ABSA Building Statistics

Private Property South Africa
Jacques du Toit

Residential building statistics released by Statistics South Africa for January-February 2009 indicate that the building plans approved for new housing slowed down sharply in some segments of the market, while the construction side showed some improvement compared with the same period last year.

In the first two months of 2009, residential building plans with a total real value of R2,61 billion were approved by local government institutions, which was a massive 53,4% lower compared with R5,6 billion in January-February 2008. However, the real value of residential buildings reported as constructed in January-February this year was slightly up by 0,2% year-on-year (y/y) to R3,26 billion compared with R3,25 billion in same period last year. All real values are at constant 2005 prices.

The number of residential building plans approved for houses smaller than 80 m² was sharply higher by 74,8% y/y at 4 957 units in January-February this year. This development will contribute to higher levels of supply in this segment of the market.

With regard to houses larger than 80sqm and flats and townhouses, major declines occurred in the number of plans approved on a year-on-year basis (see table below). This is an indication of the extent to which the market for new housing in these segments has slowed down compared to a year ago, largely driven by the economic condition impacting the household sector over a wide front.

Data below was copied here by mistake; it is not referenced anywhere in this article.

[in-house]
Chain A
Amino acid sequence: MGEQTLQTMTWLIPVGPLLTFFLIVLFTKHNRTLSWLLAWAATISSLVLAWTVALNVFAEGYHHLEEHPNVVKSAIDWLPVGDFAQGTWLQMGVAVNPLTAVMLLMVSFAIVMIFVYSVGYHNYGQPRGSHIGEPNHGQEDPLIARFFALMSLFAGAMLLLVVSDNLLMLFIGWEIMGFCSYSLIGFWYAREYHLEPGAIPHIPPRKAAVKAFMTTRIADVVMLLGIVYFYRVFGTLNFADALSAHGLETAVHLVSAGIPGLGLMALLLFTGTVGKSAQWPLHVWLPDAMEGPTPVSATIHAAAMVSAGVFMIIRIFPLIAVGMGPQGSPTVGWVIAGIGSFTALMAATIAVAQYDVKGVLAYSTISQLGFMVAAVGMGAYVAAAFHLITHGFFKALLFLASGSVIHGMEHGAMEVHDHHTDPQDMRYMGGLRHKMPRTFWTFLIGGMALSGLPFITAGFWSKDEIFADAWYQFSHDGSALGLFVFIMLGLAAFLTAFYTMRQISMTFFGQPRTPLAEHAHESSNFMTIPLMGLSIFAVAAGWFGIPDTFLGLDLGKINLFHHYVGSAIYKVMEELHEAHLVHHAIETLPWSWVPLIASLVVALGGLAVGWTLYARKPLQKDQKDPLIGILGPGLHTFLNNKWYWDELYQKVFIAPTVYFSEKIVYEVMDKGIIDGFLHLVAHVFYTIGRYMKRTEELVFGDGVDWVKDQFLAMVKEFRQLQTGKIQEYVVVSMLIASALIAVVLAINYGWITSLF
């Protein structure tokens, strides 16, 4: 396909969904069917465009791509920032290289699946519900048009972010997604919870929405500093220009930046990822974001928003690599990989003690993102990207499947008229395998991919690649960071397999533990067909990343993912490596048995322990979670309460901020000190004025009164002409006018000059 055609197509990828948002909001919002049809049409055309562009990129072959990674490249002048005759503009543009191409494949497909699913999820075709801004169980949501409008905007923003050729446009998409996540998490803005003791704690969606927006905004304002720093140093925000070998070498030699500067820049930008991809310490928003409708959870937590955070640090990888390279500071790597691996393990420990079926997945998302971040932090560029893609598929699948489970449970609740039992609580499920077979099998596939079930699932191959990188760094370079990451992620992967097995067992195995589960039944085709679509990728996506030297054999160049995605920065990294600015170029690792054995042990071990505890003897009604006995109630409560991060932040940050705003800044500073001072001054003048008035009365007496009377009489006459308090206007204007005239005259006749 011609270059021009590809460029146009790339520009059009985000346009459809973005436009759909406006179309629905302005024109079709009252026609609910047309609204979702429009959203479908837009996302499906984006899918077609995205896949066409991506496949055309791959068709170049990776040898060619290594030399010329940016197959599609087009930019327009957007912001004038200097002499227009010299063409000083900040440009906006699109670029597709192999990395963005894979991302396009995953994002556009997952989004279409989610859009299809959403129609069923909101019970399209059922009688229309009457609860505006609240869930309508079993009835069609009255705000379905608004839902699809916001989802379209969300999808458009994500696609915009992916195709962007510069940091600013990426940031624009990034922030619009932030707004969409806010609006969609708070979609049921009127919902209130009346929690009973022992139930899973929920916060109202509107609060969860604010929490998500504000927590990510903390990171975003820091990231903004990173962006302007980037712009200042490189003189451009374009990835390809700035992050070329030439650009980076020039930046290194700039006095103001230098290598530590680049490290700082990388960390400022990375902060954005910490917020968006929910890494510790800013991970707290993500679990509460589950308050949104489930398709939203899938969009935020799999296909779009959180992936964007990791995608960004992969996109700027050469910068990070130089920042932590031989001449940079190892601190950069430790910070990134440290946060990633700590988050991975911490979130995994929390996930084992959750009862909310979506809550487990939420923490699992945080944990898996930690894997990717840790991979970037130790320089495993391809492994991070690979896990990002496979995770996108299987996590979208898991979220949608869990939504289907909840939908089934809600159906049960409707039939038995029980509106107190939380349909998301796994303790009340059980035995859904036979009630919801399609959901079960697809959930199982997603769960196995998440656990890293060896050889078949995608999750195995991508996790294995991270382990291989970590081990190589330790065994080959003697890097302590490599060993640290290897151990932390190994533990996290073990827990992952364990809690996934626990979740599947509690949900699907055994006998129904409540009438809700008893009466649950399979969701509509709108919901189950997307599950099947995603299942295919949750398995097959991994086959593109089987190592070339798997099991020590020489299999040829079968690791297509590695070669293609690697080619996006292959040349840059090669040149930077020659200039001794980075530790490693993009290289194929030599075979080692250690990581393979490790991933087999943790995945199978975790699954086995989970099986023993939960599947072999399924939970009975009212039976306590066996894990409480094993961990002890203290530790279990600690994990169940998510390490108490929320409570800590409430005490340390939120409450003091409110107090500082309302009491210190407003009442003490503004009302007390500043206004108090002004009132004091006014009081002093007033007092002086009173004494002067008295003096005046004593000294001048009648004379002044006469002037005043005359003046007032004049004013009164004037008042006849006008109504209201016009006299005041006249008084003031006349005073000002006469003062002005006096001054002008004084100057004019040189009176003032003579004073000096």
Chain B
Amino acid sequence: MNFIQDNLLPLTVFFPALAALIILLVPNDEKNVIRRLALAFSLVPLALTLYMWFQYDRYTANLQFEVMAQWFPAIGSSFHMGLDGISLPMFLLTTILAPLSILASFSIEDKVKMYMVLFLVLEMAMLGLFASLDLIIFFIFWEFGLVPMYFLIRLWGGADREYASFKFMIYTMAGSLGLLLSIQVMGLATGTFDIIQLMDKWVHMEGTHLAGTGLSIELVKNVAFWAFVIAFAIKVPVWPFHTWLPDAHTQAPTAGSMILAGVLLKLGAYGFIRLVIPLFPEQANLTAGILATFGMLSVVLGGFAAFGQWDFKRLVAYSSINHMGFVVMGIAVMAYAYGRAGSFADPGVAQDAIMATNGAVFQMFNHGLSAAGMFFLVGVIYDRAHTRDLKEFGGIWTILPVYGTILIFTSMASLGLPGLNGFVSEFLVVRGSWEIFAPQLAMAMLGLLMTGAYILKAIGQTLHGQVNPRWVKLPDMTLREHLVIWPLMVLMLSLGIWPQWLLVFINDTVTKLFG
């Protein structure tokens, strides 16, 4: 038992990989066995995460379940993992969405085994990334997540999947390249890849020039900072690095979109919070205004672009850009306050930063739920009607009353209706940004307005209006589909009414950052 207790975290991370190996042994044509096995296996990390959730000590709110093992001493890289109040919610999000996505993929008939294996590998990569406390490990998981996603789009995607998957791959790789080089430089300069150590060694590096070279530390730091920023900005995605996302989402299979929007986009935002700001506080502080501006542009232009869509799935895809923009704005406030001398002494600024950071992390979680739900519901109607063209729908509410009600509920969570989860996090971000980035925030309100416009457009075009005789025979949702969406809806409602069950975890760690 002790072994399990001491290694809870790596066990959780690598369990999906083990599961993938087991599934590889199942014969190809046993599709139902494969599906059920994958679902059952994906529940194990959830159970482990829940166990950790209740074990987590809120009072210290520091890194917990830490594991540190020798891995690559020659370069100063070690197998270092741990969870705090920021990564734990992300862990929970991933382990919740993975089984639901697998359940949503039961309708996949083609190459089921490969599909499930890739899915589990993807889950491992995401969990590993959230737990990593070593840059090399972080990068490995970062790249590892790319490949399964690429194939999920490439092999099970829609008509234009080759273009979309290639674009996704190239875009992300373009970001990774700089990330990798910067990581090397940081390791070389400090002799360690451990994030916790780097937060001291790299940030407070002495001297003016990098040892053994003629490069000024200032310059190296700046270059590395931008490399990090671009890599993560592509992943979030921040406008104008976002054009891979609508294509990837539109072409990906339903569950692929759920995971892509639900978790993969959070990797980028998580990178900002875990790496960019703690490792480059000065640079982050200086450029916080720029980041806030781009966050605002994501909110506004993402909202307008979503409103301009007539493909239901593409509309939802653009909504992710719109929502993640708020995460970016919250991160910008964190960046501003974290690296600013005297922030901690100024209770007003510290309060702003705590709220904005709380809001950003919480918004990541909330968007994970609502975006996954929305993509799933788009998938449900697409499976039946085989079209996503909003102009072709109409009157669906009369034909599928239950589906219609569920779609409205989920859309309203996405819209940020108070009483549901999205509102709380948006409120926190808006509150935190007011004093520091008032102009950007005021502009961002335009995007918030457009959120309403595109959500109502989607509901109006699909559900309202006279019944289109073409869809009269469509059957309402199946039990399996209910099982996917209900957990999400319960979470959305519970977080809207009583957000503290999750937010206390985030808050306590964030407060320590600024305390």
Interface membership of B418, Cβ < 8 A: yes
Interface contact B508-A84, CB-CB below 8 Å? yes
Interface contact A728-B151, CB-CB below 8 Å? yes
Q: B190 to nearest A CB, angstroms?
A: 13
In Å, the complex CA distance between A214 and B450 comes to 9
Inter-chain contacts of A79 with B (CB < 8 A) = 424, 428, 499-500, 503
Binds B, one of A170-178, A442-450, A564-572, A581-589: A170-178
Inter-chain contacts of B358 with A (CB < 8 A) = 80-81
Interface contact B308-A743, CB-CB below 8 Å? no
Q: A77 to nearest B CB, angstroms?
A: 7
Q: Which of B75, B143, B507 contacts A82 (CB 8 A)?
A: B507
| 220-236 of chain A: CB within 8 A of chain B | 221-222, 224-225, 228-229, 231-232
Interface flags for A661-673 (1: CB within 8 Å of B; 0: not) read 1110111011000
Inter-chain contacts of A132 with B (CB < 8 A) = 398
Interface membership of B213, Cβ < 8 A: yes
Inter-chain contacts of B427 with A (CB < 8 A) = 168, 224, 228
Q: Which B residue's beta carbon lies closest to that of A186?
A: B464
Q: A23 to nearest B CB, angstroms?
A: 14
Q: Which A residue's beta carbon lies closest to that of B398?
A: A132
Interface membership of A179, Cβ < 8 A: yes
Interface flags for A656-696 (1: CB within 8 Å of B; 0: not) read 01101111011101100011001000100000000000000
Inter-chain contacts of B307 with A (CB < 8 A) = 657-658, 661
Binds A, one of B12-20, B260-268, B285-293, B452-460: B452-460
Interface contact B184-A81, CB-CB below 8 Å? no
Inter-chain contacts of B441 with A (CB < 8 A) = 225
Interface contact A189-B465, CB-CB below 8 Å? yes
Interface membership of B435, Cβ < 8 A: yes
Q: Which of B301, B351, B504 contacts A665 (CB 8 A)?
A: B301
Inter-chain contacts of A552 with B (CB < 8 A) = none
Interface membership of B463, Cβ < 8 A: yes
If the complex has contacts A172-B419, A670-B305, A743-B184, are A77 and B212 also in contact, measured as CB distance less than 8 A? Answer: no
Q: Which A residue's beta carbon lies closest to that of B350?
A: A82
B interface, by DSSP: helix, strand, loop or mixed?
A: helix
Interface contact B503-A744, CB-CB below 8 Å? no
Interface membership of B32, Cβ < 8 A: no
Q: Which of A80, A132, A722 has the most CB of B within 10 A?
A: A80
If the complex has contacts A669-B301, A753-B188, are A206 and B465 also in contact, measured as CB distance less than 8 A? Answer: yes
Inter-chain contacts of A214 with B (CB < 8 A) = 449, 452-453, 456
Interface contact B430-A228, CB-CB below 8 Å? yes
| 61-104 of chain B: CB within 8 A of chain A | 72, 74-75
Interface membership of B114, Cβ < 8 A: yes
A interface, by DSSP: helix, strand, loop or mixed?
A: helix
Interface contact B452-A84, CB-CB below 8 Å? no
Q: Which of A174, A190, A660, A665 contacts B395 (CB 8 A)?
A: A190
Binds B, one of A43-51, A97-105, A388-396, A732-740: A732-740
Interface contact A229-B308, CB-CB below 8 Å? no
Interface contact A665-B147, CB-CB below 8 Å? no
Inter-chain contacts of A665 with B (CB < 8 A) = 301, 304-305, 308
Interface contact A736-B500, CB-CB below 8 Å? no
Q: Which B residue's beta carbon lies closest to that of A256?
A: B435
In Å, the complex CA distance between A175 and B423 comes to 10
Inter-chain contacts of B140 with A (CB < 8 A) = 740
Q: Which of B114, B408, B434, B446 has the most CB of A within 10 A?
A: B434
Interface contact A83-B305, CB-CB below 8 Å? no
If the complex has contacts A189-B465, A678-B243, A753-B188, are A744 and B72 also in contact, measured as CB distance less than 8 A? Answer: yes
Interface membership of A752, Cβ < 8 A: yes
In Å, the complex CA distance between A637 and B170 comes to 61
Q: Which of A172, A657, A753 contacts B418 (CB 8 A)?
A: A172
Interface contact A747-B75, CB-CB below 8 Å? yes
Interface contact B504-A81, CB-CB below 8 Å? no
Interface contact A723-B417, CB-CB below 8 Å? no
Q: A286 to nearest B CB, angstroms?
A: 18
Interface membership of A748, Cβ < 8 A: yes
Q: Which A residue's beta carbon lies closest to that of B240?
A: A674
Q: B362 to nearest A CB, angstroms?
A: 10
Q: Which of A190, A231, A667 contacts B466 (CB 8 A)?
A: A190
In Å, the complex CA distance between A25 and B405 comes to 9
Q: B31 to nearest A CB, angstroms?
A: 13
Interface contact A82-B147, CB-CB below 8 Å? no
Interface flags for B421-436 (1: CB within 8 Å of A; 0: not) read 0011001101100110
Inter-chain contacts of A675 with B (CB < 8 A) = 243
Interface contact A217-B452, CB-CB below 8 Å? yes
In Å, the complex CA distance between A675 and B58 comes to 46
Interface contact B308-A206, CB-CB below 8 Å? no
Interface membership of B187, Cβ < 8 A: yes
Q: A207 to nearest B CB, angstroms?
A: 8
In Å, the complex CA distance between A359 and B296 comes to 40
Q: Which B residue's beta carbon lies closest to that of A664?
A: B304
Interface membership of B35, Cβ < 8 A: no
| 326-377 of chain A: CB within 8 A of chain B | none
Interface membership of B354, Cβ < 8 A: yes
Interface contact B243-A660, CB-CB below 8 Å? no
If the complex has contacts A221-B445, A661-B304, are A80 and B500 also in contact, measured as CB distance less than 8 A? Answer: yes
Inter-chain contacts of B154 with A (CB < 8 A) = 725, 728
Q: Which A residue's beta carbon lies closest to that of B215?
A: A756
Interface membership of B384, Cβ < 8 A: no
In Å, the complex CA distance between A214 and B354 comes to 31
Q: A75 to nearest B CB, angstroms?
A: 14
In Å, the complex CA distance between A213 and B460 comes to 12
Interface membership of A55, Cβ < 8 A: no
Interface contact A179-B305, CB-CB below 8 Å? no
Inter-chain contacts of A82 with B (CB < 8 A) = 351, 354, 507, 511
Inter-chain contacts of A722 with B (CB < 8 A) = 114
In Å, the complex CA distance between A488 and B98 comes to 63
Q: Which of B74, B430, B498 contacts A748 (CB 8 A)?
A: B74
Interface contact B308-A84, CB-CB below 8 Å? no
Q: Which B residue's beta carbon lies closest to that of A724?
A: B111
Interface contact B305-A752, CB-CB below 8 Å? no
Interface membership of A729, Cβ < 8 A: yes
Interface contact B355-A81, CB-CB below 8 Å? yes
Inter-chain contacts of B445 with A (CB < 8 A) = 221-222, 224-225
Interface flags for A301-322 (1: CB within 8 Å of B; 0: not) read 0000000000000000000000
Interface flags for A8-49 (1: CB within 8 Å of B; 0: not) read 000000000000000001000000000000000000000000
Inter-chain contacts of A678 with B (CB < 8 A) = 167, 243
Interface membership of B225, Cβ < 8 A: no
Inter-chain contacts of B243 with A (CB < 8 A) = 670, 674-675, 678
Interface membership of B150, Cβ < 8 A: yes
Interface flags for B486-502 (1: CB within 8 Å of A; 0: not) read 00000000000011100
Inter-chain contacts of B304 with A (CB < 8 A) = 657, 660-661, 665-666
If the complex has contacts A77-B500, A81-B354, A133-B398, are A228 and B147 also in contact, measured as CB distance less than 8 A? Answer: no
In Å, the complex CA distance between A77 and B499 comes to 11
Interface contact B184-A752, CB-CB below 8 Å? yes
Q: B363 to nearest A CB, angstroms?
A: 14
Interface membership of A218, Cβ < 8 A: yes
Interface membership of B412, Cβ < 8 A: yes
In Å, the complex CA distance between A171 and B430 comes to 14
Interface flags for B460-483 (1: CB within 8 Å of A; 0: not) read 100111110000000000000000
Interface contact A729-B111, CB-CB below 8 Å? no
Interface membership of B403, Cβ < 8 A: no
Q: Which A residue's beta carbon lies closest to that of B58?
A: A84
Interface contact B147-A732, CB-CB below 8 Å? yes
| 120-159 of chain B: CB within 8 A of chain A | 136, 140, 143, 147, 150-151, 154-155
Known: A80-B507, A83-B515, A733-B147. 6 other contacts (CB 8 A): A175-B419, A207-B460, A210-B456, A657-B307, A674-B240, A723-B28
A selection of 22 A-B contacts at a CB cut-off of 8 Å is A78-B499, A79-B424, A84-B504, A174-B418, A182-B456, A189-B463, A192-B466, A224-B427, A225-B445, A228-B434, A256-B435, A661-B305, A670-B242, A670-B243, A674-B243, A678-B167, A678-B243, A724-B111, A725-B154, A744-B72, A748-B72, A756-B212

In respect of new housing constructed, volumes at the lower end of the market (houses of <80sqm) were up by quite a margin in the first two months of the year compared with the same period last year. This is a positive development with regard to the supply of housing at the lower end of the market where supply shortages have been experienced in the past. The construction of new flats and townhouses also increased markedly on a year-on-year basis in January-February this year.

With the economy believed to be in a recession, and many households expected to experience financial strain as a result of probable further job losses in many sectors of the economy, the demand for new housing is set to remain depressed in the rest of the year, despite declining interest rates.

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